|By Fr. Brendan McGuire
Pastor of Holy Spirit Parish, San Jose and Vicar General for special projects, Diocese of San Jose. Email him at firstname.lastname@example.org.
Do Not Go Away Sad
28th Sunday in Ordinary Time – October 11, 2015
No one would have thought him a hero. He was an unscrupulous Catholic businessman, who profited in the World War II Nazi regime by running a Polish factory with Jewish slave labor. He was friends to the Nazi generals and SS. His goal was to “make so much money that no one could possibly spend it in a lifetime.” Oskar Schindler was a man who dedicated his life to making money and did not care about the cost it took on humanity.1
His story is told in the movie, Schindler’s List, a brilliant depiction of this complex man. We are not quite sure where his conversion occurred. Possibly it was the day in which he saw hundreds of Jews crammed into a cattle car boiling in the hot midday sun with no window, no air, stifling and dying; he asks the cruel Nazi SS officer if he could just hose down the cattle car with water to save his merchandise that was valuable to him. Or it might have been some other incident, but we do know that when Schindler turned his life around, he spent every dime of his ill-gotten wealth bribing SS and Nazi officers and smuggling over 6,000 Jews to freedom. Ironically, he died a pauper himself.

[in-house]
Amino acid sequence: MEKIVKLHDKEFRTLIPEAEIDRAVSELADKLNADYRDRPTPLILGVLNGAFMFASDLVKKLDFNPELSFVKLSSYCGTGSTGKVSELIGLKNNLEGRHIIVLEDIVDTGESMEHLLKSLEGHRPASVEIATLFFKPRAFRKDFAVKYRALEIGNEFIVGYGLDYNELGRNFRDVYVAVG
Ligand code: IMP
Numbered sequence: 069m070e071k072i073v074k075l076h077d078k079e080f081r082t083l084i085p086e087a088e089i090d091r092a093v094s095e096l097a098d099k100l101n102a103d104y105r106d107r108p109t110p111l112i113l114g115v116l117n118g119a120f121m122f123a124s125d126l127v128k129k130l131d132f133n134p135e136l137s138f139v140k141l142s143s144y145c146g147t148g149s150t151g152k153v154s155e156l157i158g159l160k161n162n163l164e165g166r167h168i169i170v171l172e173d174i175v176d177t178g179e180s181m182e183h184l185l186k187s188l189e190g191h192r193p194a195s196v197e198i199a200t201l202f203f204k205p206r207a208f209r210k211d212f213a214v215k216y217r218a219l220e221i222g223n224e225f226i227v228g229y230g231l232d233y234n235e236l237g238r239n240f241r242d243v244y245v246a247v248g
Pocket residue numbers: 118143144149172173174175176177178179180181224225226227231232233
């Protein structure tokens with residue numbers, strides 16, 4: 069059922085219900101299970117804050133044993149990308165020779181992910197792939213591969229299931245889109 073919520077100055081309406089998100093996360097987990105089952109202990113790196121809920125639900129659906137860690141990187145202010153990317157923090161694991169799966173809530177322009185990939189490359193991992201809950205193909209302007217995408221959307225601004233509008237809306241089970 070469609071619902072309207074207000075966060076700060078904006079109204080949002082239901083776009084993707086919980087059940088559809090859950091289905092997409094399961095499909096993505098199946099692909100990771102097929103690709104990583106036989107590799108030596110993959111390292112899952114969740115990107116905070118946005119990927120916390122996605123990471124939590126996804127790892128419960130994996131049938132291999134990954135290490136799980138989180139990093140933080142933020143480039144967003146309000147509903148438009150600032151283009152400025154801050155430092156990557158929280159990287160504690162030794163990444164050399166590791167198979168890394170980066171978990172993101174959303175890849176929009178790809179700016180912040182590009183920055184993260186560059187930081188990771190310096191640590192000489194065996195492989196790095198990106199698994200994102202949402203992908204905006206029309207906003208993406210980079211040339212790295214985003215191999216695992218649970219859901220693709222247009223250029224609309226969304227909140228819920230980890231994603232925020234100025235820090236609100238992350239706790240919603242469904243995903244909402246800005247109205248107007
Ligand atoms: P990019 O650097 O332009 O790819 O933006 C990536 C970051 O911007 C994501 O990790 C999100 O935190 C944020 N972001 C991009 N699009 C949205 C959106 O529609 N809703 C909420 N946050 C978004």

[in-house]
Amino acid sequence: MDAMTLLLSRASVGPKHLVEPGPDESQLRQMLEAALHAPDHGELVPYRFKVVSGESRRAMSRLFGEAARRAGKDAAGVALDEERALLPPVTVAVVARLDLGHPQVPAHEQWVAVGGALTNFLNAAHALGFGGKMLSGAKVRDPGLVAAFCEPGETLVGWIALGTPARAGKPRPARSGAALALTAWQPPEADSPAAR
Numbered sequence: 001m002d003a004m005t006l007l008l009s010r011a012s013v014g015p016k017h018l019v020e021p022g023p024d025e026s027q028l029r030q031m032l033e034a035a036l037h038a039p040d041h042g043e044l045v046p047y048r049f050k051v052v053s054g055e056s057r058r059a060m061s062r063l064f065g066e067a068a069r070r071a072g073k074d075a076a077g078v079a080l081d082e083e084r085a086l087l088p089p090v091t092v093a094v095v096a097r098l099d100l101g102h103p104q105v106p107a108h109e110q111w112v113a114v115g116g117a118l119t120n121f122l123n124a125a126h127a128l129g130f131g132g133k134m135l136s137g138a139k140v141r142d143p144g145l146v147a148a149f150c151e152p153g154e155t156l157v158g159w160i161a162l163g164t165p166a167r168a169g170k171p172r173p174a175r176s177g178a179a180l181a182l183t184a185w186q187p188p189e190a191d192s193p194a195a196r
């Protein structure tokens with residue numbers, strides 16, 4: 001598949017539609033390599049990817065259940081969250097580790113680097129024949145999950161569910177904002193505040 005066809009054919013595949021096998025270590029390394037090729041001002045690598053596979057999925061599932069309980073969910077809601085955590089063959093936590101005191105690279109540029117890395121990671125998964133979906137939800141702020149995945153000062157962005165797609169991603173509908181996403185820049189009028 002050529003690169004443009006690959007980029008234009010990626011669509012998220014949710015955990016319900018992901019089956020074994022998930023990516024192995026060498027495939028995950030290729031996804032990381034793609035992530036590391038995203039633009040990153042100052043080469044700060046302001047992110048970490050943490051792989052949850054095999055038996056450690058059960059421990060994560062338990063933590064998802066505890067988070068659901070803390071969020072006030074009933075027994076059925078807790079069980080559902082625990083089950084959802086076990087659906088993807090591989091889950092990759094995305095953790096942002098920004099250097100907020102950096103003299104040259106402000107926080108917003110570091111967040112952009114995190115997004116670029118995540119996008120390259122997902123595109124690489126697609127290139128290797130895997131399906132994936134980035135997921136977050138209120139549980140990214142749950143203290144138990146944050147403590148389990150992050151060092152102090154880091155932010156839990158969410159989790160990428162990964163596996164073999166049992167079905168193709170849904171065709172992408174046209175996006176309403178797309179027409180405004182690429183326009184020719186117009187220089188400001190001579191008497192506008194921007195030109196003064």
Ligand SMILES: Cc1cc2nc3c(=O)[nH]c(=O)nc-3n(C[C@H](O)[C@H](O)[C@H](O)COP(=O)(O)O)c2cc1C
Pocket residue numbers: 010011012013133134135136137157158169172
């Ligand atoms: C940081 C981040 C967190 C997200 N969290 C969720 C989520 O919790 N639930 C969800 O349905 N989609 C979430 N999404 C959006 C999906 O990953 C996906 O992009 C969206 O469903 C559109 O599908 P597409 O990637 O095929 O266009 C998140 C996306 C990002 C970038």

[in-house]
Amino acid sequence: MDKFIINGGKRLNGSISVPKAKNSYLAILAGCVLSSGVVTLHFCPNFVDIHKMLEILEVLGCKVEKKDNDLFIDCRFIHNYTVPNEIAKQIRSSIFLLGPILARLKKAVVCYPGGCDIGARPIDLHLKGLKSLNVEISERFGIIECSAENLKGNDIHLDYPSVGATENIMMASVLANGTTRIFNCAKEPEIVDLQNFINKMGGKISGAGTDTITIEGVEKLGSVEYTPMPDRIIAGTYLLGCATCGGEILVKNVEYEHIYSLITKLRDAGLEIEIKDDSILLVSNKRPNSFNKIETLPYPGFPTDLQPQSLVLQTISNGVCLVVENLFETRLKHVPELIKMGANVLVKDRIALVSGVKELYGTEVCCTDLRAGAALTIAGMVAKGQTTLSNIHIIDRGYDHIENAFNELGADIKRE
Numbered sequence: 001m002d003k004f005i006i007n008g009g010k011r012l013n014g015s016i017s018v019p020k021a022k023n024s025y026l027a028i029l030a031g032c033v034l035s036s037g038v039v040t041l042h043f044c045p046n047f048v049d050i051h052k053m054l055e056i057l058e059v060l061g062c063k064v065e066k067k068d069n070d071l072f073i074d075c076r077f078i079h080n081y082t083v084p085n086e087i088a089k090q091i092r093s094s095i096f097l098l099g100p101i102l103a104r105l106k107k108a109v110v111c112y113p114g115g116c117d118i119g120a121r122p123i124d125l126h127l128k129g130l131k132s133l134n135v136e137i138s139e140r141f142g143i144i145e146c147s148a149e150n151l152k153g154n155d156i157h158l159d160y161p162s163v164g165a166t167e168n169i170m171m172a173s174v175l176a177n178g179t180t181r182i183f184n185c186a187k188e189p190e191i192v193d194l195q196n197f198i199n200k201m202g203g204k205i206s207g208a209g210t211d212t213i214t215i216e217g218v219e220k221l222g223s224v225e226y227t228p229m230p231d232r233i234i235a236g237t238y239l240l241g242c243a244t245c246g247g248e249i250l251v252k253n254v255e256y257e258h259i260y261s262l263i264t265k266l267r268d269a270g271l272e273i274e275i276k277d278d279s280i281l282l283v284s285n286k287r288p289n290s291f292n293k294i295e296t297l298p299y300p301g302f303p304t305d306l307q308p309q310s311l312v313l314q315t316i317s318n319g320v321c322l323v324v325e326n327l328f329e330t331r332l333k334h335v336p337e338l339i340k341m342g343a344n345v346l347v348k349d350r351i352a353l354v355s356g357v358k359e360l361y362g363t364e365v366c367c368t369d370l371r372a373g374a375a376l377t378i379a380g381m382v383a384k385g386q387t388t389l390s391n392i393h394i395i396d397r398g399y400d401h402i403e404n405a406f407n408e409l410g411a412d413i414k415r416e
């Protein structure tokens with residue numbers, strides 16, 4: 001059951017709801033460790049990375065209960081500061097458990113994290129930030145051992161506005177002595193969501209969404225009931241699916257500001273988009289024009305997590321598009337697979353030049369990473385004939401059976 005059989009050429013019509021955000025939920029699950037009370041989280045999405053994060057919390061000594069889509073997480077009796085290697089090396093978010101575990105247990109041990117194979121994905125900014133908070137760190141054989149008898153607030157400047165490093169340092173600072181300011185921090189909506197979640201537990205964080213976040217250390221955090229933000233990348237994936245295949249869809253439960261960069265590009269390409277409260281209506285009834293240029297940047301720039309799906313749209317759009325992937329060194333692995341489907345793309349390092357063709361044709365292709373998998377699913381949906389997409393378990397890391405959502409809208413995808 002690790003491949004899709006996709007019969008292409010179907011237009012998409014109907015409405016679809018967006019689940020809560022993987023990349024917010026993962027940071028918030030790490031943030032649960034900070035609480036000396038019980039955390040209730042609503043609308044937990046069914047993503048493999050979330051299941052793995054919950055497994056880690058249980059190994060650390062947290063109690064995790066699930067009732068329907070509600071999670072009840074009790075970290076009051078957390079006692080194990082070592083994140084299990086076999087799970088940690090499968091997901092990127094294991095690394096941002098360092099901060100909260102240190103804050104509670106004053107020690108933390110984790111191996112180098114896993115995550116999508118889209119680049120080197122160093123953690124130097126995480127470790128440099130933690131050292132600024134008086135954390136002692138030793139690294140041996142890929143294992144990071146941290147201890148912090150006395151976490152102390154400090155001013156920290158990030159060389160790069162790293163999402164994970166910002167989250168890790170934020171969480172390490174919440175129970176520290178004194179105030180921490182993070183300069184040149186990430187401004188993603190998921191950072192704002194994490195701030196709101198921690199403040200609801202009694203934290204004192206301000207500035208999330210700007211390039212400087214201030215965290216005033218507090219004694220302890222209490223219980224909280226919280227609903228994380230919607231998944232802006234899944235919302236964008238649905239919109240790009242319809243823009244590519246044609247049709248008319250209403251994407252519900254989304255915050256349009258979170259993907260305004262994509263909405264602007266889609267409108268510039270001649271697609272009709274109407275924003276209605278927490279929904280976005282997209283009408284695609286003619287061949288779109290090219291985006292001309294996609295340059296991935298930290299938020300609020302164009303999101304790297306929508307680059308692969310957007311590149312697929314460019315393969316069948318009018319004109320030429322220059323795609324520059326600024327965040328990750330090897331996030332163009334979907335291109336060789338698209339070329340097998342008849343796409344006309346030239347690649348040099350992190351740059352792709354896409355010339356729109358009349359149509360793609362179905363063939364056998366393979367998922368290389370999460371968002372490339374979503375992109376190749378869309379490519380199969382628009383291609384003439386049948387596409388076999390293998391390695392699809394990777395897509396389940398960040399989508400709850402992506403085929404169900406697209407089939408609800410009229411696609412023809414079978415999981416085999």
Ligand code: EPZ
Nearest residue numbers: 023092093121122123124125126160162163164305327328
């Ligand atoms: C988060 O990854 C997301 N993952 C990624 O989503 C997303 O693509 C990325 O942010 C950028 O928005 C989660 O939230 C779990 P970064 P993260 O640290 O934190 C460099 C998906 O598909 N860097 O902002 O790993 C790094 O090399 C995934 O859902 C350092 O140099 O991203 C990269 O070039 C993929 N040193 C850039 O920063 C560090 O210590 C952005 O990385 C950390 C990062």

We contrast Schindler with the rich young man we hear in today’s gospel. Here is a man who has lived the commandments all his life but he cannot let go of his money or his possessions. Then he walks away sad.
The challenge before us today is that we do not feel wealthy; many of us do not have a lot of disposable income. We have the expenses of a house, car and the kids; and we often do not feel wealthy.
Yet over one billion of our world’s population lives on a single dollar a day. Of those, many starve to death each day. We see that in comparison to them, we are wealthy! This gospel is hard for us to hear because we do not think we are like the “rich young man.”
The man in today’s gospel has many possessions. He thinks that he owns them–his possessions. Yet his possessions own him because he cannot let go of them.
The challenge for all of us is how and where do we spend our time and our money? On whom do we spend it? To whom do we direct it?
We live in one of the wealthiest parts of the county, in one of the wealthiest counties in our state, in one of the wealthiest states in the country in the wealthiest country in the history of humanity. Some of us are in the top 1% of the world’s wealth.
It is what we do with what we have been given that will separate us. Today, may we not go away sad; may we go away happy that we have chosen to be compassionate to those in need; that we will give and share what we have been given because Christ has asked us to do so.
(Endnotes) 1 Adapted from Gloria Hutchinson, “Sunday Homily Helps,” (St. Anthony Messenger Press: Cincinnati, OH, October 14, 2012)